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Nat Methods. 2015 Aug;12(8):787-93. doi: 10.1038/nmeth.3438. Epub 2015 Jun 8.

Quantifying domain-ligand affinities and specificities by high-throughput holdup assay.

Author information

1
Unité Mixte de Recherche (UMR) 7257, Centre National de la Recherche Scientifique (CNRS)-Aix-Marseille Université, Architecture et Fonction des Macromolécules Biologiques (AFMB), Marseille, France.
2
quipe labellisée Ligue 2015, UMR 7242, CNRS-Université de Strasbourg, École Supérieure de Biotechnologie de Strasbourg, Illkirch, France.
3
Unité 1068 Institut national de la santé et de la recherche médicale (INSERM), UMR 7258, CNRS-Aix-Marseille Université, Centre de Recherche en Cancérologie de Marseille, Institut Paoli-Calmettes, Marseille, France.
4
Département de Biologie Structurale et Chimie, Unité de Résonance Magnétique Nucléaire des Biomolécules, Institut Pasteur, UMR 3528, CNRS, Paris, France.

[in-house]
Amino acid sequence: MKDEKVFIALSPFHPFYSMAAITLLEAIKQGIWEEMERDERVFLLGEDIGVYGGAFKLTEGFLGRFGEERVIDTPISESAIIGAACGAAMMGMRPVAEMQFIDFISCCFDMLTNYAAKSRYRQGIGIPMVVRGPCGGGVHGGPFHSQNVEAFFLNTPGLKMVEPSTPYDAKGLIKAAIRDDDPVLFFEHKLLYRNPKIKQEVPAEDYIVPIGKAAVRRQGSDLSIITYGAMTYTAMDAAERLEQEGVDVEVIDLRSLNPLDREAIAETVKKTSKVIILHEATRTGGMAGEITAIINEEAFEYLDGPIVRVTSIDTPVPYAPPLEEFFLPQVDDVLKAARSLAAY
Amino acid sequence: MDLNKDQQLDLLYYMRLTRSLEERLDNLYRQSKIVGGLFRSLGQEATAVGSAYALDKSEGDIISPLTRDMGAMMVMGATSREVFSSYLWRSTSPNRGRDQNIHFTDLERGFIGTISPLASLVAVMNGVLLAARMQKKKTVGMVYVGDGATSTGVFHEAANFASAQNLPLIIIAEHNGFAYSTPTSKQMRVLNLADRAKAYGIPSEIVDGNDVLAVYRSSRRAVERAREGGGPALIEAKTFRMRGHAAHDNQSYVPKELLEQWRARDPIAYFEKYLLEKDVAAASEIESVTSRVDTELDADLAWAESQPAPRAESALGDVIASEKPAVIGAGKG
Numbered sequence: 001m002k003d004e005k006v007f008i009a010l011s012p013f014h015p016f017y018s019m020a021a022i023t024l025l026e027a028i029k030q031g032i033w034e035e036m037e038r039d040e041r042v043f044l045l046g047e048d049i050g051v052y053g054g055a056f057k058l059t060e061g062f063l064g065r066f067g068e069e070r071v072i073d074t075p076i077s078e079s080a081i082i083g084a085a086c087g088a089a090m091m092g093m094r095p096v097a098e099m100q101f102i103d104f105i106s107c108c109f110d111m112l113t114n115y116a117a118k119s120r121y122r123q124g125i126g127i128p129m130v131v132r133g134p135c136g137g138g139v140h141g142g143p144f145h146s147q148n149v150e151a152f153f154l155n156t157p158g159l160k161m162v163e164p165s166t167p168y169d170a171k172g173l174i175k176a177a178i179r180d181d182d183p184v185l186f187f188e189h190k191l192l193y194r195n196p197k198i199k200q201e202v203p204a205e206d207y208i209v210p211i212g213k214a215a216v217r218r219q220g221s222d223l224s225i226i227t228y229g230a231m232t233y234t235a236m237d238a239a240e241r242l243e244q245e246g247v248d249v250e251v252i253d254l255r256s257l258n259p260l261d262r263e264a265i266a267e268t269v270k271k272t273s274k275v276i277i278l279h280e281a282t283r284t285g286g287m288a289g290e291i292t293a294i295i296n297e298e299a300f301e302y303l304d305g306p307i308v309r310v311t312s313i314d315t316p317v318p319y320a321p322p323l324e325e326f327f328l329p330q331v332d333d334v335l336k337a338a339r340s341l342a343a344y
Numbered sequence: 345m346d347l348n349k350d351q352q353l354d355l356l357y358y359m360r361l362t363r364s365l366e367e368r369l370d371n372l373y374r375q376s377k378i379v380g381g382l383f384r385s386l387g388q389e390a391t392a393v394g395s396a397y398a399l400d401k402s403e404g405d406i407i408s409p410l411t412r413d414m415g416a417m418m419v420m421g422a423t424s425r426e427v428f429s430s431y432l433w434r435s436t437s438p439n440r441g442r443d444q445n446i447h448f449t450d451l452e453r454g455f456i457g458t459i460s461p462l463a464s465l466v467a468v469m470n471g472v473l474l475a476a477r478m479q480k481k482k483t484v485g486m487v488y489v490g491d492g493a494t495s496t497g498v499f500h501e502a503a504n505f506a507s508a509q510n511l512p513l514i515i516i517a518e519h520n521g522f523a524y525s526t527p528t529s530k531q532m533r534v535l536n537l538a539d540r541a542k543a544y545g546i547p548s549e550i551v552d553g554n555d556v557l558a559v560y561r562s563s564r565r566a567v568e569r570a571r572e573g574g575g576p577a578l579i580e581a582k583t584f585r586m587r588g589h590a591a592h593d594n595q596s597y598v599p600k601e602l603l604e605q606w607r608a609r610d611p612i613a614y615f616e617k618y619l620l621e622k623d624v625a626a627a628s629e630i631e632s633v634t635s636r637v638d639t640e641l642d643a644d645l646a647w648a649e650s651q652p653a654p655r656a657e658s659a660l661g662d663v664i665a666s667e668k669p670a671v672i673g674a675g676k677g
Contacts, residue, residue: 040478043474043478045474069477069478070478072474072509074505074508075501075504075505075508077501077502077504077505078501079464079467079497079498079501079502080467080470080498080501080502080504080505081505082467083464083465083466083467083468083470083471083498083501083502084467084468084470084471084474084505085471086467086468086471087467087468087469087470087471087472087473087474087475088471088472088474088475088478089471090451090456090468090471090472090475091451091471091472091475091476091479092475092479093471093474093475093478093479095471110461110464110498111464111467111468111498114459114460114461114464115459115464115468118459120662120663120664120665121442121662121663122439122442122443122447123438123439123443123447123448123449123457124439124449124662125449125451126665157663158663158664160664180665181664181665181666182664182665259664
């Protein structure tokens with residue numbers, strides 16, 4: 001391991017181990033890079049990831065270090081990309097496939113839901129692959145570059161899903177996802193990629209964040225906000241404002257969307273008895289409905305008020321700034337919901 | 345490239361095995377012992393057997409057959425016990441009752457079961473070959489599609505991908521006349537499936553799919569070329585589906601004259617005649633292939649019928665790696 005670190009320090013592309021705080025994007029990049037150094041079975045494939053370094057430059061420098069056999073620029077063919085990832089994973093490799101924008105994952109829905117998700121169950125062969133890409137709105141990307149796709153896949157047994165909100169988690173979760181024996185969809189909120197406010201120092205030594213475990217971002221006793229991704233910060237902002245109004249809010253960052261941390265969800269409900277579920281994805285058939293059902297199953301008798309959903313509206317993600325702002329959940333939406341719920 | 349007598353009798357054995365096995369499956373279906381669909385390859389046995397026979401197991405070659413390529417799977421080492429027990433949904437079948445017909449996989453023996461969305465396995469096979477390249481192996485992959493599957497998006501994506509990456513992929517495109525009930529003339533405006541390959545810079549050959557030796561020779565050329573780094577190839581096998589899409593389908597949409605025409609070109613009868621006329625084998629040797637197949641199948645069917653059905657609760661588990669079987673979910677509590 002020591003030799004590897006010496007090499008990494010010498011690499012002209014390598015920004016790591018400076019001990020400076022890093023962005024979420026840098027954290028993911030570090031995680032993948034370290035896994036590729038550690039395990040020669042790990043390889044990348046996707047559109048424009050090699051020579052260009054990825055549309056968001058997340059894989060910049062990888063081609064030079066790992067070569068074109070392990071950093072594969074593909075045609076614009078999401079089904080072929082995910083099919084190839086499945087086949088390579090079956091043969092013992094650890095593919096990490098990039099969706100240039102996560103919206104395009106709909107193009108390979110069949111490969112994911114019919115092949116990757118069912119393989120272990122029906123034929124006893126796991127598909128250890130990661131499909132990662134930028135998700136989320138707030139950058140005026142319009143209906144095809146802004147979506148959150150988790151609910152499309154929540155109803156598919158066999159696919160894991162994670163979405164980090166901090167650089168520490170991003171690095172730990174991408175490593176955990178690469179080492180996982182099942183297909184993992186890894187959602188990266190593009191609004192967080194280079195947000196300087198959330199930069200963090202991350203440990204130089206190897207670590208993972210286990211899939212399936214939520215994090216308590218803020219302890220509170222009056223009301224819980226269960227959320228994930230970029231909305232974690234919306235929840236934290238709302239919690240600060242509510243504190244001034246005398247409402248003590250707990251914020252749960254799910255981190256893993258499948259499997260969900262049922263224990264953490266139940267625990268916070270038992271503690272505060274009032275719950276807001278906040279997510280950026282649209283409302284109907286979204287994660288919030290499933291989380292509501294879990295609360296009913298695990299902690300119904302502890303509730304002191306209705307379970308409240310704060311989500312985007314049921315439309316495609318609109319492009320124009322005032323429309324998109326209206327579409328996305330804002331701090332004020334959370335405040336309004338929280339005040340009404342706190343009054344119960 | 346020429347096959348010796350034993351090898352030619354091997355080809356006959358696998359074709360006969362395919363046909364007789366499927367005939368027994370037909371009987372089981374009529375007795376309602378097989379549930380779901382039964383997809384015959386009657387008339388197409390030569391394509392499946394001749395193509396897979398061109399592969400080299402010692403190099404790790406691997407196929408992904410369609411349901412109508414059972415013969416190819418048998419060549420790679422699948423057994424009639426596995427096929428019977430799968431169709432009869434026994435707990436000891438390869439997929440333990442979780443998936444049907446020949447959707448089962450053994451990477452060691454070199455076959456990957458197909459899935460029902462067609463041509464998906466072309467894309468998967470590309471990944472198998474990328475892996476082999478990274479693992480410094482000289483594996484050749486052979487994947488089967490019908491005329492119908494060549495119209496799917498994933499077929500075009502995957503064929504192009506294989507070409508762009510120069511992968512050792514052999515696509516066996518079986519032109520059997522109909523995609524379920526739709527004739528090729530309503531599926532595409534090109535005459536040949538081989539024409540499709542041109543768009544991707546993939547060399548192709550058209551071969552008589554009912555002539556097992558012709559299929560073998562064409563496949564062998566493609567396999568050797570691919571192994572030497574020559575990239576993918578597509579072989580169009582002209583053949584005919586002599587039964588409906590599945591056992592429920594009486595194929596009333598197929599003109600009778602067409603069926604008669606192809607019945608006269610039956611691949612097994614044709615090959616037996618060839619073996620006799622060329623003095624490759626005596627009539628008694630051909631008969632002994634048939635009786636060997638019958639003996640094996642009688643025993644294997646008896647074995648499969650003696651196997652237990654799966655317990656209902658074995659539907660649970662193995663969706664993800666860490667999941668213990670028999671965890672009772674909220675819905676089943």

5
Département de Virologie, Unité de Génétique Moléculaire des Virus à ARN, Institut Pasteur, UMR 3569, CNRS, Université Paris Diderot, Paris, France.

Abstract

Many protein interactions are mediated by small linear motifs interacting specifically with defined families of globular domains. Quantifying the specificity of a motif requires measuring and comparing its binding affinities to all its putative target domains. To this end, we developed the high-throughput holdup assay, a chromatographic approach that can measure up to 1,000 domain-motif equilibrium binding affinities per day. After benchmarking the approach on 210 PDZ-peptide pairs with known affinities, we determined the affinities of two viral PDZ-binding motifs derived from human papillomavirus E6 oncoproteins for 209 PDZ domains covering 79% of the human 'PDZome'. We obtained sharply sequence-dependent binding profiles that quantitatively describe the PDZome recognition specificity of each motif. This approach, applicable to many categories of domain-ligand interactions, has wide potential for quantifying the specificities of interactomes.

PMID:
26053890
PMCID:
PMC4521981
DOI:
10.1038/nmeth.3438
[Indexed for MEDLINE]
Free PMC Article

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